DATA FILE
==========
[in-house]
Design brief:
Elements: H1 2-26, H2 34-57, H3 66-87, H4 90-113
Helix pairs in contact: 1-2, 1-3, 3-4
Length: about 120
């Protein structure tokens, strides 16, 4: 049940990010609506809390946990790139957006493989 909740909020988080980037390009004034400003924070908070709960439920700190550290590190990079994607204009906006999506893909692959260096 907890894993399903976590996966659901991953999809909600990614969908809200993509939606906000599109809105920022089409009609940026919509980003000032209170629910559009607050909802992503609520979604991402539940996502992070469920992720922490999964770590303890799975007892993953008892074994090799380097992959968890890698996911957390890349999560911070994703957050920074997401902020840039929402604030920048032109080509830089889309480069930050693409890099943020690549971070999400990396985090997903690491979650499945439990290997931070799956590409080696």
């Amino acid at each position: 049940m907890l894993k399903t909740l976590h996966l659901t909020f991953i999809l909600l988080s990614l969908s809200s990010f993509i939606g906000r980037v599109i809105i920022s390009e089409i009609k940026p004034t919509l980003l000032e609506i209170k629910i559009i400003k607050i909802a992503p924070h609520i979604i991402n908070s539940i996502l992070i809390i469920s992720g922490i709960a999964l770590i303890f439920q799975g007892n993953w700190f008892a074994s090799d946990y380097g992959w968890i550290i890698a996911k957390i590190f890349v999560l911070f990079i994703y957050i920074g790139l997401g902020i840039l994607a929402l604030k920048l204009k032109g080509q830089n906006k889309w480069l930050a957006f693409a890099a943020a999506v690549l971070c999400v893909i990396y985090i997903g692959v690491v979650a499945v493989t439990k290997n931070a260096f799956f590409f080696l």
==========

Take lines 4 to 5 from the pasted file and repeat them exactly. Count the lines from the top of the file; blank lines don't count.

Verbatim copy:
Helix pairs in contact: 1-2, 1-3, 3-4
Length: about 120